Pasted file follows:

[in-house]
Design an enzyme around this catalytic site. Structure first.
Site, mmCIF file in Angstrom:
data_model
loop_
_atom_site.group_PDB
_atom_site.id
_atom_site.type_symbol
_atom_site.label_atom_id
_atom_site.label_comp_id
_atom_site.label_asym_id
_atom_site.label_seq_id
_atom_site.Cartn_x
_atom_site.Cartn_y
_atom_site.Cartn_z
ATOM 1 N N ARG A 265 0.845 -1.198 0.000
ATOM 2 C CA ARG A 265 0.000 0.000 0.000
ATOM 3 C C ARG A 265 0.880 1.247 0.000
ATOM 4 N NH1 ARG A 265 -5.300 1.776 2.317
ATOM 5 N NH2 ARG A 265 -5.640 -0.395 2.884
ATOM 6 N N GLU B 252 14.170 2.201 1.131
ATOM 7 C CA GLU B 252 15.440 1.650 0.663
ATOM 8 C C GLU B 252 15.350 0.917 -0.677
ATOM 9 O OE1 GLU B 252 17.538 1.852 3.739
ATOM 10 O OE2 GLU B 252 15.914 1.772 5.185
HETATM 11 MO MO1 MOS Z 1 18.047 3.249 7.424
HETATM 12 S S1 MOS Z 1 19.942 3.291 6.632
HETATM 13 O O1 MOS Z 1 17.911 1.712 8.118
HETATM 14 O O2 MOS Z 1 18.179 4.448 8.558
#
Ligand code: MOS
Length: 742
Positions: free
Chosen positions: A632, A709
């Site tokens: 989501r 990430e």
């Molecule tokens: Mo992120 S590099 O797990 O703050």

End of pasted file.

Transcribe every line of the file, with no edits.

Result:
[in-house]
Design an enzyme around this catalytic site. Structure first.
Site, mmCIF file in Angstrom:
data_model
loop_
_atom_site.group_PDB
_atom_site.id
_atom_site.type_symbol
_atom_site.label_atom_id
_atom_site.label_comp_id
_atom_site.label_asym_id
_atom_site.label_seq_id
_atom_site.Cartn_x
_atom_site.Cartn_y
_atom_site.Cartn_z
ATOM 1 N N ARG A 265 0.845 -1.198 0.000
ATOM 2 C CA ARG A 265 0.000 0.000 0.000
ATOM 3 C C ARG A 265 0.880 1.247 0.000
ATOM 4 N NH1 ARG A 265 -5.300 1.776 2.317
ATOM 5 N NH2 ARG A 265 -5.640 -0.395 2.884
ATOM 6 N N GLU B 252 14.170 2.201 1.131
ATOM 7 C CA GLU B 252 15.440 1.650 0.663
ATOM 8 C C GLU B 252 15.350 0.917 -0.677
ATOM 9 O OE1 GLU B 252 17.538 1.852 3.739
ATOM 10 O OE2 GLU B 252 15.914 1.772 5.185
HETATM 11 MO MO1 MOS Z 1 18.047 3.249 7.424
HETATM 12 S S1 MOS Z 1 19.942 3.291 6.632
HETATM 13 O O1 MOS Z 1 17.911 1.712 8.118
HETATM 14 O O2 MOS Z 1 18.179 4.448 8.558
#
Ligand code: MOS
Length: 742
Positions: free
Chosen positions: A632, A709
């Site tokens: 989501r 990430e």
């Molecule tokens: Mo992120 S590099 O797990 O703050």